Subsequently, Chunsoft has built the Mysterious Dungeon series on well drawn, animated characters and monsters  from easily recognized and well established franchises. Chunsoft managed to flatten the steep learning curve of roguelike games by introducing multiple dungeons with progressive difficulties, hence delaying the introduction of more punishing aspects of gameplay to later stages (or only after completion of the main plot). In some series, the permanent death feature applied only to the hard mode and has been controversial amongst fans of the older games who prefer more challenging (and some argue more addictive) gameplay. Due to the lower requirement for hardware specs, smaller data size requirement and the casual nature of gameplay, not to mention infinite replayability, the series has been particularly successful as games for hand-held consoles and, more recently, mobile phones.
This format resulted in four successful sub-series: the Torneko series based on Dragon Quest, the Chocobo (series) based on Final Fantasy, the Pokémon Mystery Dungeon series based on Pokémon, and the Shiren the Wanderer series, which is the only one based on original characters (plus two failed series based on the Gundam and Tower of Druaga franchises). These series have become "the staple of the Japanese game market". The first Chocobo game, which had a less punishing save system for a much younger target audience, sold 1.165.798 copies  and the first Pokémon Mystery Dungeon games, Blue and Red Rescue Team, sold 3.08 million together, popularizing the core gameplay of roguelikes to a global audience.
The no-save feature of the Torneko and Shiren series, which is one of the main features of roguelike games, was described as "the worst flaw in any RPG is the lack of a decent save system" by Worthplaying.com and "[going] against the very foundation of what an RPG should be" by Gaming Age. Eurogamer argued that "its sadistic, repetitive nature ....that's precisely what's appealing about it. The stakes are far higher, making the rewards much sweeter." The latest Mystery Dungeon series to be marketed to the West for console is Shiren the Wanderer 3 for Wii console which features 3D rendered characters. In the West, it is marketed simply as "Shiren the Wanderer", reflecting the lack of recognition of previous series in the West. The game has three difficulty modes, Easy mode where half of inventory and all the attained levels are saved upon defeat, Normal mode where you lose all the inventory but retain the levels you've gained, and Hard mode which features permanent death (rather than dying, characters are brought back to the entrance of dungeon, lose all their inventory and revert to level 1).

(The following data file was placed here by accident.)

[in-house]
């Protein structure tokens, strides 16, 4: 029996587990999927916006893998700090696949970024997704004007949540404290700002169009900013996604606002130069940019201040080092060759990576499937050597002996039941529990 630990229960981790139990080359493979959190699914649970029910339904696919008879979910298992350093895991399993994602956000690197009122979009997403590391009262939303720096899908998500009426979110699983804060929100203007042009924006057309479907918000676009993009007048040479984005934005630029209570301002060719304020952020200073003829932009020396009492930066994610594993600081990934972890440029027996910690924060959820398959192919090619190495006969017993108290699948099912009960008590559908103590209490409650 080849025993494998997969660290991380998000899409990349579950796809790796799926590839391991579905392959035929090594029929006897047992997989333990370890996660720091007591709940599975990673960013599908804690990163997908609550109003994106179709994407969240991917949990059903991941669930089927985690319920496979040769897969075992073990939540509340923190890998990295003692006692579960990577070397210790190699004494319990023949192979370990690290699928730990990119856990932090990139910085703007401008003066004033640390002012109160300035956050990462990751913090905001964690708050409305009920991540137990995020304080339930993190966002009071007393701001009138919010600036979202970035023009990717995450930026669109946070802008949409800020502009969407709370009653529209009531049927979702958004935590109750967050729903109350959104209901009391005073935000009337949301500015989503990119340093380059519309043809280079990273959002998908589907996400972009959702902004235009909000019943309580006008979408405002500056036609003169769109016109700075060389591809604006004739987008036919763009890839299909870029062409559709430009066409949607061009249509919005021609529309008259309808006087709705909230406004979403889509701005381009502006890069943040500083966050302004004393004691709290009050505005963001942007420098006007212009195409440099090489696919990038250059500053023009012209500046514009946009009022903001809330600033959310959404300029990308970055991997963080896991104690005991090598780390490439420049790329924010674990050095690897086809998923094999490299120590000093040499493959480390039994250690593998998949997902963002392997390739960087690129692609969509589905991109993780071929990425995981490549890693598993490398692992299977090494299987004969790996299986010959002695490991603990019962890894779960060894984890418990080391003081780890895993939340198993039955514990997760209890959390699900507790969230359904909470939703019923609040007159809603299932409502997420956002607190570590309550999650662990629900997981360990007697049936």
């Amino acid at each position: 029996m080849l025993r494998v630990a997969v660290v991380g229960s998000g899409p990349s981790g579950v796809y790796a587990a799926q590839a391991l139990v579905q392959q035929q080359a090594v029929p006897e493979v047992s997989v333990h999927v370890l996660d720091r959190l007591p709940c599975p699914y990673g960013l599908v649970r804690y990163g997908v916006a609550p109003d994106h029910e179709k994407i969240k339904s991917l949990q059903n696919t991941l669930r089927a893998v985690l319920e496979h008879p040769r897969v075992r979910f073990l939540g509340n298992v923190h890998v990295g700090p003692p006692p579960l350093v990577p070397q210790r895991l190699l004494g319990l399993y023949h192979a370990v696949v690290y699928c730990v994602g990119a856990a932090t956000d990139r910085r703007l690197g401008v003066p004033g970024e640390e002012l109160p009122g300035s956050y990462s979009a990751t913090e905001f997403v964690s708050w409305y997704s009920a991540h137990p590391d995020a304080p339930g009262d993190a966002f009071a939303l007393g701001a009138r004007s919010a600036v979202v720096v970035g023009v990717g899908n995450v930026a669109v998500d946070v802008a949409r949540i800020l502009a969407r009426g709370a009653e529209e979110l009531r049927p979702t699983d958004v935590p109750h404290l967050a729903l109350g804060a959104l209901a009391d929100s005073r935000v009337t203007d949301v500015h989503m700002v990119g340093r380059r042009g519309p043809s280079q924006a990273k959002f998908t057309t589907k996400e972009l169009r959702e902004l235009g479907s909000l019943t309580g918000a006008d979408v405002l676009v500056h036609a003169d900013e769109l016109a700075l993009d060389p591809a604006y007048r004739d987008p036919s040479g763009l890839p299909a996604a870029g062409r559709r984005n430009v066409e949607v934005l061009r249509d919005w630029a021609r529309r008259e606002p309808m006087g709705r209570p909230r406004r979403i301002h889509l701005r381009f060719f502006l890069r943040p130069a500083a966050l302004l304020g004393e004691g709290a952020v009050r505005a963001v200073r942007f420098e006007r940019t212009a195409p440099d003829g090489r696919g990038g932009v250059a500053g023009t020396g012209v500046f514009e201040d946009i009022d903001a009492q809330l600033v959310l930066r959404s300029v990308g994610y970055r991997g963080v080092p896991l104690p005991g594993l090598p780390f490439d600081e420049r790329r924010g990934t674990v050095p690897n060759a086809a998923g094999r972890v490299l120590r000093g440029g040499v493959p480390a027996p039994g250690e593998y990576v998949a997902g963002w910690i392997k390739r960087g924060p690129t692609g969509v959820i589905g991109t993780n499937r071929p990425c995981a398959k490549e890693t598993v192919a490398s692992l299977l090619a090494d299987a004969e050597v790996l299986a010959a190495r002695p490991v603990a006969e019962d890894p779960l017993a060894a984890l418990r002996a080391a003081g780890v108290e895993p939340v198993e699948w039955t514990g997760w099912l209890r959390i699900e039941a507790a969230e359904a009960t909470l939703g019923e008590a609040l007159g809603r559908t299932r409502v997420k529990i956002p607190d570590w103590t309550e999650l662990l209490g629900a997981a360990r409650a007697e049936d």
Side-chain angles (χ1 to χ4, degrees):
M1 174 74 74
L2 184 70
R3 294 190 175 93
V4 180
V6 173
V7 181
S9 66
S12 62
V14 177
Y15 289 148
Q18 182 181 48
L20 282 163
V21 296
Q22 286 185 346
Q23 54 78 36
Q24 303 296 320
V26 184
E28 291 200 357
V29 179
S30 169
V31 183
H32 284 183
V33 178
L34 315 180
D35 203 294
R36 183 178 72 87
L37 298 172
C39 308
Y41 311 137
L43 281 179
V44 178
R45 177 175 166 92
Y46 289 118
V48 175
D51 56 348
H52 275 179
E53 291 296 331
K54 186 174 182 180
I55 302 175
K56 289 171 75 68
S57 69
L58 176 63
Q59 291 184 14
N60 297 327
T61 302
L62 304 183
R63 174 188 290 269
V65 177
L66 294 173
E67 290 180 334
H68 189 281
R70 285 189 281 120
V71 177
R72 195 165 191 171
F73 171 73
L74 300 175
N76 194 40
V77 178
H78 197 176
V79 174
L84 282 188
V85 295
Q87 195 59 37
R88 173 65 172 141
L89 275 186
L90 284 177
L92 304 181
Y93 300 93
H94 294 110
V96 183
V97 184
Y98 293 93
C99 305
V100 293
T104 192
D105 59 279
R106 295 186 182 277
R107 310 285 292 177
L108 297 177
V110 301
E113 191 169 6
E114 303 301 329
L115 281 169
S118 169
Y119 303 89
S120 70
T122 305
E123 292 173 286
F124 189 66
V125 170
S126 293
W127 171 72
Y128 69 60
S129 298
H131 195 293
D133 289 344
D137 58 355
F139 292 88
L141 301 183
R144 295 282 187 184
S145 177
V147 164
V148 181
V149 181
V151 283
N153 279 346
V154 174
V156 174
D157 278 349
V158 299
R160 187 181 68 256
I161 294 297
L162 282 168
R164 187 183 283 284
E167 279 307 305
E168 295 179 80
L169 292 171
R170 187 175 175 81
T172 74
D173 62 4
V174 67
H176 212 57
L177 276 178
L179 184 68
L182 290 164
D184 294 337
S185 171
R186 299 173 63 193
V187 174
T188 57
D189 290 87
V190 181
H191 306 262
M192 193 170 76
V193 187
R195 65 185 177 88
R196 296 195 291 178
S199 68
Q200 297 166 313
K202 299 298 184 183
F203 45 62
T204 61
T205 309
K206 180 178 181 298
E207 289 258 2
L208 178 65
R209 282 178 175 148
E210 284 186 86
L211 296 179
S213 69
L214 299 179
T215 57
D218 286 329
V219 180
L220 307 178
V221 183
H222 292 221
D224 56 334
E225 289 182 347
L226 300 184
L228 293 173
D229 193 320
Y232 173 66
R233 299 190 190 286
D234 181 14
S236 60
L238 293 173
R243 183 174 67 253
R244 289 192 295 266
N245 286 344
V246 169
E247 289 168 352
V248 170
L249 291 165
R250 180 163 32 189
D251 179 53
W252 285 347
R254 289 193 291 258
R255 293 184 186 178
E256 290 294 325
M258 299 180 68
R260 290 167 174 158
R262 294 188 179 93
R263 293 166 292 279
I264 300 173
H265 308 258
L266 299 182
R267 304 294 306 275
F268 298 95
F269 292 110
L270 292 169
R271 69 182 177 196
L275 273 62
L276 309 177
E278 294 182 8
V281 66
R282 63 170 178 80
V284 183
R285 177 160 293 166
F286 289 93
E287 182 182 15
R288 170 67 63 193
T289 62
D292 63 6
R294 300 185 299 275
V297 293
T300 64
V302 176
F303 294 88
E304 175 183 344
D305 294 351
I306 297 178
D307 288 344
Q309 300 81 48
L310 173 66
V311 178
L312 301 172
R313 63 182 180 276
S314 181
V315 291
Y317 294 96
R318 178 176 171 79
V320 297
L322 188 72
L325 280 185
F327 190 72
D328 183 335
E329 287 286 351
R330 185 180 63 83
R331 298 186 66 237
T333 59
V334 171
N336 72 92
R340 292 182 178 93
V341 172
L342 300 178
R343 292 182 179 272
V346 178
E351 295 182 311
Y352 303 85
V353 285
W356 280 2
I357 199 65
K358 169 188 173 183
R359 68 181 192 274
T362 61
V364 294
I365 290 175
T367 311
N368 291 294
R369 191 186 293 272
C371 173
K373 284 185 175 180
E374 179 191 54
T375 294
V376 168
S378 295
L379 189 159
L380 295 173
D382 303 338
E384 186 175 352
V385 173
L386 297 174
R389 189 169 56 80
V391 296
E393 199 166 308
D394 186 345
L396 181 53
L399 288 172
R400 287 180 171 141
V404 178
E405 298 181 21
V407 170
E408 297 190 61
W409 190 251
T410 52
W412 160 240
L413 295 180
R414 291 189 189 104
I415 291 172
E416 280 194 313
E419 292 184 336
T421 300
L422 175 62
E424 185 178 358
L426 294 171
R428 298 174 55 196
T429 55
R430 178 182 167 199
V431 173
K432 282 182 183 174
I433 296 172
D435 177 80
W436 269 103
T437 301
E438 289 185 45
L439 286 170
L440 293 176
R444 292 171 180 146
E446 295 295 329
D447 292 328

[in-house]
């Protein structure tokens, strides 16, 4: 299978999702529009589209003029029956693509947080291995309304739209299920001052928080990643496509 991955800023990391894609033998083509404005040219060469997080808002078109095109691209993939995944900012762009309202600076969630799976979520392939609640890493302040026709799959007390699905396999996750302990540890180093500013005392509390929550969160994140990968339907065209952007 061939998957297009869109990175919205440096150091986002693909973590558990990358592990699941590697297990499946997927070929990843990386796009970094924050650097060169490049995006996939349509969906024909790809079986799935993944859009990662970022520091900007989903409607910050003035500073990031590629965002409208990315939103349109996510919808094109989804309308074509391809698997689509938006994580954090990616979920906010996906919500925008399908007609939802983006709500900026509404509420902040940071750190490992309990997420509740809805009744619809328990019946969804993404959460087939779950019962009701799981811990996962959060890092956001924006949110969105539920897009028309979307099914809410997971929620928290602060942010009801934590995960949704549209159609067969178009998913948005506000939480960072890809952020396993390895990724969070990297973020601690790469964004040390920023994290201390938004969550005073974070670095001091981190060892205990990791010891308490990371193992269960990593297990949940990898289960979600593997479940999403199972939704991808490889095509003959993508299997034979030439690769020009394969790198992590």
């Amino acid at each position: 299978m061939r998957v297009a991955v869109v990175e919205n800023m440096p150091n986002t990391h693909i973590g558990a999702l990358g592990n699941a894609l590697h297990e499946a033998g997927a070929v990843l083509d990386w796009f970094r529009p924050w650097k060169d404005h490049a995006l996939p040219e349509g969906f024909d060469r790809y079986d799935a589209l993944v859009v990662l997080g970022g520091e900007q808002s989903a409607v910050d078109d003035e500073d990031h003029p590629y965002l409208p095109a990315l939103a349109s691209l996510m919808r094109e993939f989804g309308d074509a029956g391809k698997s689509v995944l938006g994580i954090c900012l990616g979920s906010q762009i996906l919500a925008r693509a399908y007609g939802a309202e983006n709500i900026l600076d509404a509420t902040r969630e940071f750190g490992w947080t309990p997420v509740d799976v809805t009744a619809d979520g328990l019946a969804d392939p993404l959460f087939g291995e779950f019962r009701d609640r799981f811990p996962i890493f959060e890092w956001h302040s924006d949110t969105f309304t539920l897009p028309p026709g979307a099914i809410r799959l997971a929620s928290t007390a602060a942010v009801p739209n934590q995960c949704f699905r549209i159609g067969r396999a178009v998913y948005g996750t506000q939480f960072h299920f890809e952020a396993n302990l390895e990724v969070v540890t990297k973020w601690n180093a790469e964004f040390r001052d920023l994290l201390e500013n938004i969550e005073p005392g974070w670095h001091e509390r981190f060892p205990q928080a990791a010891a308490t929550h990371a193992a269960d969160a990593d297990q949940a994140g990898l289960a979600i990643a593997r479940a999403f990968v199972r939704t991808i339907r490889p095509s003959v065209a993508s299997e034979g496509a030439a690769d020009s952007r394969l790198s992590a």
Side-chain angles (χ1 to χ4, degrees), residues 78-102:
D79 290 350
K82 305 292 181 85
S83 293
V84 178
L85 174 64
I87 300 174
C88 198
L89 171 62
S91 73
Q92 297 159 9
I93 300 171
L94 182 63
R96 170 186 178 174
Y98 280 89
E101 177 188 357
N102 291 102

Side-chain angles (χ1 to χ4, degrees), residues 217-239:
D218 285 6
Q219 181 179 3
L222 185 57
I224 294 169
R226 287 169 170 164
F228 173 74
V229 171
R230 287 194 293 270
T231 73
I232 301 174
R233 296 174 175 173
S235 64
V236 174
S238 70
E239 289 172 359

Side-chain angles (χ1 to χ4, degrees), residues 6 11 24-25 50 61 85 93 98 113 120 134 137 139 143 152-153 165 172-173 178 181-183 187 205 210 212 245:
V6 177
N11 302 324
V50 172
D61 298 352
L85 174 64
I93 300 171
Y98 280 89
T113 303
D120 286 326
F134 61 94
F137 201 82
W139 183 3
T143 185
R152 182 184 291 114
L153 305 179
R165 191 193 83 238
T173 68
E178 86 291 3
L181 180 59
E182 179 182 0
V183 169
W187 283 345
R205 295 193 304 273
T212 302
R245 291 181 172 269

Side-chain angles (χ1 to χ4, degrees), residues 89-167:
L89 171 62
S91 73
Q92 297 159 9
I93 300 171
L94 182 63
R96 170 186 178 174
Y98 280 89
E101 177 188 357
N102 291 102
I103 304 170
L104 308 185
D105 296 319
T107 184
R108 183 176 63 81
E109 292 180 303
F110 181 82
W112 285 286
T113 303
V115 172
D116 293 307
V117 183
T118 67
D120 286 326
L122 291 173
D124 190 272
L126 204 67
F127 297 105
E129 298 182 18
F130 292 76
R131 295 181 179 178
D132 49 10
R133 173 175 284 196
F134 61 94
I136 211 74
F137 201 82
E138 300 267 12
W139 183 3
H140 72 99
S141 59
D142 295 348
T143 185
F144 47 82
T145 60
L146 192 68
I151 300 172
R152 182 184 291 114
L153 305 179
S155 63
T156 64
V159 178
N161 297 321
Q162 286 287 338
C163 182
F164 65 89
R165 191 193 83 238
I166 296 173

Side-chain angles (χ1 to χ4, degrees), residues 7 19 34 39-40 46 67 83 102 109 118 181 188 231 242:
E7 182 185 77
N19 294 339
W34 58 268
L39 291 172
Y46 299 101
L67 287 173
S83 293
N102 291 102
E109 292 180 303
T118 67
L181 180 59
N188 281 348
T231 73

The genre has also received attention from Independent developers with the release of Strange Adventures in Infinite Space by Digital Eel in 2002, its sequel, Weird Worlds: Return to Infinite Space in 2005, and more recently, Dungeons of Dredmor by Gaslamp Games in 2011. Alec Meer of Rock, Paper, Shotgun mused in his review that its success might attract more developers to pursue the genre, commenting that "I’ve got a sneaking, and very pleased, suspicion that we’re in for a lot of roguelikes over the coming months. Perhaps they’ll be 2011’s indie comeback special, in the way leftfield platformers such as Braid and Super Meat Boy have been in recent years. For whatever is due to follow, it’s going to find the bar left pretty damned high by Dredmor."